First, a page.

Hands-on learning approach targets student interests

ASCEND students spend part of their time at The Bridge in Storm Lake.

By Megan Molseed, Storm Lake Times Pilot

For the last couple of years, the Storm Lake school district has been working to cultivate the Ascend program. ASCEND, short for Ambitious Students Creatively Exploring New Directions, has been providing students with hands-on experiences across various projects, marking a transformative journey in education.

As social studies teacher Peter Leo describes it, the program’s goal is to allow students to advance through the curriculum by demonstrating their skills and knowledge anytime, anywhere, and in ways that are “relevant to their interests.”


In the program, the ASCEND students work through the curriculum by demonstrating their skills and knowledge, “anytime, anywhere,” Leo says. The instructor adds that the program is designed to help the students learn through projects that are relevant to their interests. A hands-on approach that takes the students out of the classroom, simply following a teacher’s instruction.

As of last spring, 63 credits have been awarded.

ASCEND came out of COVID

Mel Fisher, director of student services and ASCEND director, said the program started a few years ago as a discussion about how the district could better serve the students.

“We saw after COVID that traditional school wasn’t the best fit for all kids,” Fisher said.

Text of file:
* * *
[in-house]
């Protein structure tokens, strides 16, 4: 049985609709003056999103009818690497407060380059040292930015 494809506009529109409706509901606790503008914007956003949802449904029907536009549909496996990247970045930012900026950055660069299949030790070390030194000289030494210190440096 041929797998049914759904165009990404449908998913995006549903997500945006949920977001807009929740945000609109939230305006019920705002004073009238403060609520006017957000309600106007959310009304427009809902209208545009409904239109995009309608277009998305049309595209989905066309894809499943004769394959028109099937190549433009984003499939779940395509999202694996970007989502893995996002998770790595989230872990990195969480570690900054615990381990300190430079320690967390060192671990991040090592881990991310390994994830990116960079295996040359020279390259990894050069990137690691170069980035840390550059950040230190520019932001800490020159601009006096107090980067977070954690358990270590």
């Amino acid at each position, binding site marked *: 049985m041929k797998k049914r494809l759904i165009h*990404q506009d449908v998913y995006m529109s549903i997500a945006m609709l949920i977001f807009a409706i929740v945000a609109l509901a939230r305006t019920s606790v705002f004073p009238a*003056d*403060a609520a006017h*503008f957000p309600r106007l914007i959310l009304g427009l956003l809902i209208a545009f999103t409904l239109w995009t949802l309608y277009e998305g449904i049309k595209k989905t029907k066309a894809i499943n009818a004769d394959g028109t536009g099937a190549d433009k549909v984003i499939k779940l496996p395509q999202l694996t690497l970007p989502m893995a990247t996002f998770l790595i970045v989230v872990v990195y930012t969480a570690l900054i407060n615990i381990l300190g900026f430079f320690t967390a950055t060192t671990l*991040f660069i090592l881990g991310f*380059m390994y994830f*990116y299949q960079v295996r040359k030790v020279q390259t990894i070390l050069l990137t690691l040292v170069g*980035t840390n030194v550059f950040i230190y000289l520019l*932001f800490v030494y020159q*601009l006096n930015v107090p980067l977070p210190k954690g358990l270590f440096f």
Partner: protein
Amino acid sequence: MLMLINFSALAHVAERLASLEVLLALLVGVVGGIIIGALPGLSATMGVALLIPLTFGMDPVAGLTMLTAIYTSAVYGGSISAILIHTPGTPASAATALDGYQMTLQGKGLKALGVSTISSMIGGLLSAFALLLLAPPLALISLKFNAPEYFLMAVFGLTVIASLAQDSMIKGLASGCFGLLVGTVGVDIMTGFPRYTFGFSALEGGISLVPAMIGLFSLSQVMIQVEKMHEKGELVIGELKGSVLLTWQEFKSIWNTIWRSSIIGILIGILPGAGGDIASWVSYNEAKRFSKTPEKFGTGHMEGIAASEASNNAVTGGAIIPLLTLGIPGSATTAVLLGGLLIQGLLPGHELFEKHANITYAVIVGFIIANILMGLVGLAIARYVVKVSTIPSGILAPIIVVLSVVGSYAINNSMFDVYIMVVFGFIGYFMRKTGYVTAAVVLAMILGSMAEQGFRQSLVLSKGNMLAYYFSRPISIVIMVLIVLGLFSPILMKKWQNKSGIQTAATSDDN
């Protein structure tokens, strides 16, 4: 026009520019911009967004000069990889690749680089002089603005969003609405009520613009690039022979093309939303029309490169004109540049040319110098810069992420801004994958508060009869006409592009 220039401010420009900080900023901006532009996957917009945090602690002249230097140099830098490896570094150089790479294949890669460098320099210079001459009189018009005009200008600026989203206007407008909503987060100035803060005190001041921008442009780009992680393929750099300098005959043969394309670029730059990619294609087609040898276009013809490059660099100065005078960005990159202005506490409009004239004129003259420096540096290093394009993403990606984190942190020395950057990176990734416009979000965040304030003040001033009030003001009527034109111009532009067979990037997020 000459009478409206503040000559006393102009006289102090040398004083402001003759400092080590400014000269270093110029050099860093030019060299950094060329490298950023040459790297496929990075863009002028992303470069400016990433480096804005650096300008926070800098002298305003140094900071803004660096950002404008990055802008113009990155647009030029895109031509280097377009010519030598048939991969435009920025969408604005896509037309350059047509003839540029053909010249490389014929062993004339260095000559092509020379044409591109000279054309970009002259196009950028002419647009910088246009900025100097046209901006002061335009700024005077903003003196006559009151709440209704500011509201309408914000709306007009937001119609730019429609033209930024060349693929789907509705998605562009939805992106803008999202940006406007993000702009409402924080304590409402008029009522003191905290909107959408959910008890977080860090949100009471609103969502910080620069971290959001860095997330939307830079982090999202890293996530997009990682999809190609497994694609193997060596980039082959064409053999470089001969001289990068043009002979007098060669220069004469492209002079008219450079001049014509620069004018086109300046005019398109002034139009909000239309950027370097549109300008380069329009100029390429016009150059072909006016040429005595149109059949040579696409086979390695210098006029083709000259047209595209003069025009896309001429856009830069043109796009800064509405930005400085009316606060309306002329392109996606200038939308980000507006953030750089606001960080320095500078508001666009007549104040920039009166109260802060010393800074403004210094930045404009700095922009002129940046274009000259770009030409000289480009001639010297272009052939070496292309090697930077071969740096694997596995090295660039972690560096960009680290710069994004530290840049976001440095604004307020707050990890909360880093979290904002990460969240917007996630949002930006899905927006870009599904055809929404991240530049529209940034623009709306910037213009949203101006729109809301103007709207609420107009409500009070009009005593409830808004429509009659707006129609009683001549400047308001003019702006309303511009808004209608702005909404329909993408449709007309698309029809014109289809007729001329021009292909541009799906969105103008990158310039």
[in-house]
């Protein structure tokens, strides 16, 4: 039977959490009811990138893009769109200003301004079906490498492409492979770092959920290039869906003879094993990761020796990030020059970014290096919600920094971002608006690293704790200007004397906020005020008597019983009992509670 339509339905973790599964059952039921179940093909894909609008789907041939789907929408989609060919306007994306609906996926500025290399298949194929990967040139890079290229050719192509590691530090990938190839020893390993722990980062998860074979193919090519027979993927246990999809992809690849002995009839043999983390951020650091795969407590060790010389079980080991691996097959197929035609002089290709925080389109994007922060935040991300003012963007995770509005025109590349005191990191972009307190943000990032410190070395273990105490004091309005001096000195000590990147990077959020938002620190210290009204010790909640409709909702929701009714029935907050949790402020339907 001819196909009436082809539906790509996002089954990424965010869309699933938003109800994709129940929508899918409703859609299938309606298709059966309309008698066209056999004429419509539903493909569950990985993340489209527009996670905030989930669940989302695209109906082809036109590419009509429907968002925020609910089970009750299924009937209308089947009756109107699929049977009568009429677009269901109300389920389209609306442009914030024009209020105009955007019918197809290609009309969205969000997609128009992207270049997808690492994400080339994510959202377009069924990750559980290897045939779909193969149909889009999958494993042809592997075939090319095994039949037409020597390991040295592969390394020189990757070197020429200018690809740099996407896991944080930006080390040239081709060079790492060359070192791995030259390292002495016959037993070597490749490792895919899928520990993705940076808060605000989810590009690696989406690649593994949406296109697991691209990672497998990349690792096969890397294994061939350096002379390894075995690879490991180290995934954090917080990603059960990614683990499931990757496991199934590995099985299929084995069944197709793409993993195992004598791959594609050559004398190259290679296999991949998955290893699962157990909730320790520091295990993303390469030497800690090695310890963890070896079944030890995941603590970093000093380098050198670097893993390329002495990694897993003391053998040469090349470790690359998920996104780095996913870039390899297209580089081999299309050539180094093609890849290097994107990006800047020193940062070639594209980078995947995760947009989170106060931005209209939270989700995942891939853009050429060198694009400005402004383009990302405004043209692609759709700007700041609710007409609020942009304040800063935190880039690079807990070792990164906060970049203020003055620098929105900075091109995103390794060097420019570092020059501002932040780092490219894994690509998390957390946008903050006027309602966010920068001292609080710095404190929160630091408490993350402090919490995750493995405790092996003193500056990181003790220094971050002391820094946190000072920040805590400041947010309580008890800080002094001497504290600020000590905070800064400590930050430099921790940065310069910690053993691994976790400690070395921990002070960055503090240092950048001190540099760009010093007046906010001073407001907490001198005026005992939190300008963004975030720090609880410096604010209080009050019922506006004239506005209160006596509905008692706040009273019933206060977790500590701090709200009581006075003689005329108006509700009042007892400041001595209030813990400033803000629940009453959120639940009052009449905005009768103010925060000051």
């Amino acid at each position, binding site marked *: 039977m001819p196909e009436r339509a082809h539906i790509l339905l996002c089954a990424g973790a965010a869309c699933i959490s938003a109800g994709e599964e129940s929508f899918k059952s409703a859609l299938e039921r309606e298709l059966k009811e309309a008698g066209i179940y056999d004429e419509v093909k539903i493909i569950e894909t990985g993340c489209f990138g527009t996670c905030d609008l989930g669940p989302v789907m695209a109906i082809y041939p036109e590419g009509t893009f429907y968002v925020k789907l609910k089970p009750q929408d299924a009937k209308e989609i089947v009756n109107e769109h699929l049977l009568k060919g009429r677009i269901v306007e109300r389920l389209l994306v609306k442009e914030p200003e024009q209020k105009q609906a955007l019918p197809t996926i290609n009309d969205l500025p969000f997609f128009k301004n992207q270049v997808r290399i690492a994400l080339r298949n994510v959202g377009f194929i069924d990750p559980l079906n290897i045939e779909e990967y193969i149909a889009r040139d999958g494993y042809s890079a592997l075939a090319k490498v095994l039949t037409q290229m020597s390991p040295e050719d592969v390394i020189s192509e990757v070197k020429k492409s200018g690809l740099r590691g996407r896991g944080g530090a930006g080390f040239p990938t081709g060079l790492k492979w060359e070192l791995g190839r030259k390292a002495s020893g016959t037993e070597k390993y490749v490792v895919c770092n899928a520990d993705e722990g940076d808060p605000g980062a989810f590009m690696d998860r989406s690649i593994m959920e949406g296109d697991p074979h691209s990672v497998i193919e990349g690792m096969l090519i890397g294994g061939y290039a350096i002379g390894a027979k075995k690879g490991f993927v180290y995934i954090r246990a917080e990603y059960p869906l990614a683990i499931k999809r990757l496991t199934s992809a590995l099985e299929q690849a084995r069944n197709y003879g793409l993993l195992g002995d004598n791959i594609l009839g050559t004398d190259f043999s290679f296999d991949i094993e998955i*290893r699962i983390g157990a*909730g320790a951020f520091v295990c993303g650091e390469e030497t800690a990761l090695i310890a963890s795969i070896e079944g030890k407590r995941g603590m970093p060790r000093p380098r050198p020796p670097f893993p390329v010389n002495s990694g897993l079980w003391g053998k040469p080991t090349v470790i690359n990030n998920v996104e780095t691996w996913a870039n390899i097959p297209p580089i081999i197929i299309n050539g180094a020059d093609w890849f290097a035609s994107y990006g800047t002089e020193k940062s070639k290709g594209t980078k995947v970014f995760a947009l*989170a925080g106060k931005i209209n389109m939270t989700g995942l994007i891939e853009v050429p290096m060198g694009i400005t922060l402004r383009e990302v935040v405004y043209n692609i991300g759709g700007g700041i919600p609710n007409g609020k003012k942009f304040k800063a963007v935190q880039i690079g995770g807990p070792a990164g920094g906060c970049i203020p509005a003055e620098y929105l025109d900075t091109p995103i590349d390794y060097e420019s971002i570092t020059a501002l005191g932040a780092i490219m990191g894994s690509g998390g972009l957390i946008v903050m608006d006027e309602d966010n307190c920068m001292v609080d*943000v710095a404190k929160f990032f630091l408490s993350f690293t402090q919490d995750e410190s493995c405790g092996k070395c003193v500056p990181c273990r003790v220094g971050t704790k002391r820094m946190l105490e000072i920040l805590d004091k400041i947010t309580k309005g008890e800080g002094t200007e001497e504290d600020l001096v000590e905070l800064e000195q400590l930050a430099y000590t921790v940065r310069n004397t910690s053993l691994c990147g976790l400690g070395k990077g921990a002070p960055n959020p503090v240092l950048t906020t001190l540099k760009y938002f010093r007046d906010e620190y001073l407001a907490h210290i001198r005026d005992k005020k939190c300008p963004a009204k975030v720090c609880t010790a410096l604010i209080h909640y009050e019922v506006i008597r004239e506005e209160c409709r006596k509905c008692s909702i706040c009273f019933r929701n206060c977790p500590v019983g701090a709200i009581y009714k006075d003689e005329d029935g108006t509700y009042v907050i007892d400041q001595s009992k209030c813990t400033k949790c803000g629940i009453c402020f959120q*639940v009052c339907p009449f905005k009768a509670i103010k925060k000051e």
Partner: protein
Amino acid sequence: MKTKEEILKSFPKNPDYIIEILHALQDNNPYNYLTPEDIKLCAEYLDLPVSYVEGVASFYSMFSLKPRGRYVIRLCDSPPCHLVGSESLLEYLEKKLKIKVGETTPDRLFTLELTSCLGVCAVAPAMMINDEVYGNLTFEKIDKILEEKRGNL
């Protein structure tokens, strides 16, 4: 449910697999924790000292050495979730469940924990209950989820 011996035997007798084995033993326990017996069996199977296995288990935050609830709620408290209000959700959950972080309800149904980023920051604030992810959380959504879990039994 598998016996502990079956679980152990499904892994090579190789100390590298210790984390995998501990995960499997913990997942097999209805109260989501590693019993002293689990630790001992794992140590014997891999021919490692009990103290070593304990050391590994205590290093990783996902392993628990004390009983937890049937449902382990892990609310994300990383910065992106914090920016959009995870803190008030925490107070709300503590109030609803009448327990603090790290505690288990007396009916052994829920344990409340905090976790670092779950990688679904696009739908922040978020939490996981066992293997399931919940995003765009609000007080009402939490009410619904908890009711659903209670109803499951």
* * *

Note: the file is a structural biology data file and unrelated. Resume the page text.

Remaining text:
“We started brainstorming ways to get more student engagement while getting students out into the community for job shadows and internships,” Fisher adds. “The idea of a competency-based program started to take shape and over the last two years we have been working on mastering our craft and learning the best ways to engage and empower students.”

Since then, over 100 students have benefited from the ASCEND program, engaging in projects such as building Gaga pits and contributing to the community through internships, Fisher said.


“We are trying to challenge students to be problem solvers and independent and forward thinkers,” Fisher explains. “We want students to be presented with a problem and know how to go about solving it, or at least how to come up with solutions to try solving the problem.”

Masin Peter and Jonathan Jovel work on one of the Gaga ball pits created through the ASCEND program.

Gaga pits and more

“We had students demonstrate their learning by applying their knowledge of geometry to design and build the new Gaga pits you may have seen in the city parks around town, or on the school grounds,” Leo says, adding that the students also constructed a unique set of planter boxes for Storm Lake School District’s Early Elementary STEM class.

Sandy Mouw, the personalized language arts teacher, emphasizes ASCEND’s role in guiding students toward relevant paths beyond high school.

Mouw’s experience at ASCEND has been shaped by over 200 students who have gained confidence in personalized learning and navigating competencies in innovative ways. She notes, “ASCEND classes are built around the passions students already have.”